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Phillip Phillips’ The World From The Side Of The Moon holds at #7 for the second week. It’s the first debut album by an American Idol winner to spend its first five weeks in the top 10 since Carrie Underwood’s Some Hearts spent its first 12 weeks in the top 10 in 2005-2006. David Cook’s David Cook and Scotty McCreery’s Clear As Day each spent their first four weeks in the top 10.

The first two Idol champs also got off to fast starts. Kelly Clarkson’s Thankful spent its first eight weeks in the top 10. Ruben Studdard’s Soulful spent its first nine weeks in the top 10.

Phillips’ album debuted the same week as Rihanna’s Unapologetic. But where Unapologetic has faded surprisingly fast (it drops from #15 to #19 this week), Phillips’ album has stayed strong. It has sold 462K copies to date, just 10K less than Rihanna’s. Are they the tortoise and the hare? It’s starting to look that way.

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12-12-12: The Concert For Sandy Relief debuts at #9. It’s the fifth charity/benefit album to crack the top 10. It follows The Concert For Bangla Desh, which logged six weeks at #2 from January to March 1972; We Are The World, which spent three weeks at #1 in April and May 1985; God Bless America, which spent one week on top in November 2001 and Hope For Haiti Now, which spent one week on top in February 2010.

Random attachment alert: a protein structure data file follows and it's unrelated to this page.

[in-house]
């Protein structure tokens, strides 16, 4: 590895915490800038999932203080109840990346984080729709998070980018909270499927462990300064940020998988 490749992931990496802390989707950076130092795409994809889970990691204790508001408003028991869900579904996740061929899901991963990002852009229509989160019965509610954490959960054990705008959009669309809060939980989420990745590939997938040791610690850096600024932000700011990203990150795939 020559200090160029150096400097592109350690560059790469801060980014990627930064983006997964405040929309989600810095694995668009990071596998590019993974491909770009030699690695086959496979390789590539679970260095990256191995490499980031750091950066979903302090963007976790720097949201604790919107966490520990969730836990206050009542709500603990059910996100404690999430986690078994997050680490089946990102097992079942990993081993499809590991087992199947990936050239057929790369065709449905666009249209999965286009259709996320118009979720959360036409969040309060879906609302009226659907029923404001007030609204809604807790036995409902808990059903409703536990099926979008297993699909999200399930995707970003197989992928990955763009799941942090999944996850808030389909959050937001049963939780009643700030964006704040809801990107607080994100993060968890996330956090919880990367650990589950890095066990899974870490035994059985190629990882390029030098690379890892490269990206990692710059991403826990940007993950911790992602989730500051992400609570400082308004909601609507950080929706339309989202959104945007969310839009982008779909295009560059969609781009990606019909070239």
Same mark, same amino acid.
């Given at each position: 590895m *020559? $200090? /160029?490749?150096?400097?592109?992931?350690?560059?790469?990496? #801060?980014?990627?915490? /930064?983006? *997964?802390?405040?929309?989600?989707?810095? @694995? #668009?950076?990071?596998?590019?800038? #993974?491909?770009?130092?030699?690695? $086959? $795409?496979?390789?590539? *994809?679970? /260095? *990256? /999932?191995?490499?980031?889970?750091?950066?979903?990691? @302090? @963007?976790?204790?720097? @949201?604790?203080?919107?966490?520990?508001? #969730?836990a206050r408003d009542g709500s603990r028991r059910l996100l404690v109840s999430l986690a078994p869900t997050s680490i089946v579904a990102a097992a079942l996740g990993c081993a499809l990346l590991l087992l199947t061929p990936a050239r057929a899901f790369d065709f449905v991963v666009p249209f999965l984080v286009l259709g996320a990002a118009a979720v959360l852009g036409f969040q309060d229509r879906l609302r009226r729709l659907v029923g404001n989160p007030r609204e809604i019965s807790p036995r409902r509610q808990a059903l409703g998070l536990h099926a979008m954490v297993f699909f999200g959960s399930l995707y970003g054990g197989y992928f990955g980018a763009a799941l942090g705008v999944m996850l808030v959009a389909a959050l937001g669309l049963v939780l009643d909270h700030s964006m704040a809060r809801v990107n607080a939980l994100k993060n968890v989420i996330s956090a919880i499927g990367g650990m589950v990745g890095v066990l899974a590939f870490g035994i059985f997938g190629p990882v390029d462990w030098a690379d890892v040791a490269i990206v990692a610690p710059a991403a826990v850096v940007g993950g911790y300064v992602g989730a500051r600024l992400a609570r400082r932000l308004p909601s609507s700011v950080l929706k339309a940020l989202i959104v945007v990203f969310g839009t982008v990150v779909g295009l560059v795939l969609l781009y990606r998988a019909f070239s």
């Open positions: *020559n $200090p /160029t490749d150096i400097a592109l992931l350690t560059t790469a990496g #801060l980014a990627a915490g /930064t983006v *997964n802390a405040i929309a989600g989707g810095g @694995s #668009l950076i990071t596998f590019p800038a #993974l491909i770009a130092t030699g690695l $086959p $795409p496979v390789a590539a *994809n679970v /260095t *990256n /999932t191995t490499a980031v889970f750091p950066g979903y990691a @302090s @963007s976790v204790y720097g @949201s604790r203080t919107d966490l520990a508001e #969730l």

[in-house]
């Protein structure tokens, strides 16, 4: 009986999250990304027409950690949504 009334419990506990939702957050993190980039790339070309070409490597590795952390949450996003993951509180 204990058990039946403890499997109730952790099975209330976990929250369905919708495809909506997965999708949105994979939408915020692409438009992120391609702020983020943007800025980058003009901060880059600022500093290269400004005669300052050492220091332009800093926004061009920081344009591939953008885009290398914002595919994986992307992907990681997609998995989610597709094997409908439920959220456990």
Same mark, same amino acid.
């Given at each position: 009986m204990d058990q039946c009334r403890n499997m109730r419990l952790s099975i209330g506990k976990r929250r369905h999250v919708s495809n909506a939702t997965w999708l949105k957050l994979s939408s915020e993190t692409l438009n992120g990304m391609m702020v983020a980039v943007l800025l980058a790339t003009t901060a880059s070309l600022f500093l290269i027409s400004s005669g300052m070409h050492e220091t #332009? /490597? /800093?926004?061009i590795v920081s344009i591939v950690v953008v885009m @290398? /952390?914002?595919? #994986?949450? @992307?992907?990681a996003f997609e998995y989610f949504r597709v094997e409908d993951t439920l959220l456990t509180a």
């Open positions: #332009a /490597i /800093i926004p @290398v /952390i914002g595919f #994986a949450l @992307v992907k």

12-12-12 and Hope For Haiti Now were both created to bring relief following natural disasters (a super storm in New Jersey; an earthquake in Haiti). The Concert For Bangla Desh and We Are The World were both designed to alleviate starvation. God Bless America raised money for the Twin Towers Fund in the wake of 9/11.

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12-12-12 is a digital-only release at this point. The album, which sold 82K digital copies this week, enters Top Digital Albums at #1.  It will be released on CD in January. Hope For Haiti Now was never released on CD, which seems a missed opportunity. Hope For Haiti Now has sold 372K digital copies.

The creators of 12-12-12 were able to get the album to market much faster than manufacturers were back in the day of physical releases. The Concert For Bangla Desh reached stores more than four months after the concert. (The concert was held on Aug. 1, 1971. The album entered the chart in the issue dated Jan. 8, 1972, reflecting a December 1971 release.) You have to wonder how many more copies Bangla Desh would have sold if technology had allowed it to get to market sooner.

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Bruno Mars’ “Locked Out Of Heaven” tops Hot Digital Songs for the third week in a row. Will it also remain #1 on the Hot 100? You’ll find out later today when we post Chart Watch Songs.

Here’s the low-down on this week’s top 10 albums.

The Top Five: Taylor Swift’s Red holds at #1 for the sixth week in its ninth week (276K). It has ranked in the top two the entire time... T.I.’s Trouble Man: Heavy Is The Head debuts at #2 (179K). This is his sixth top five album… Bruno Mars’ Unorthodox Jukebox dips from #2 to #3 in its second week (178K)… One Direction’s Take Me Home holds at #4 for the third week in its sixth week (177K). This is its sixth week in the top five… Michael Buble’s Christmas drops from #3 to #5 in its 19th week (148K). This is its 13th week in the top 10.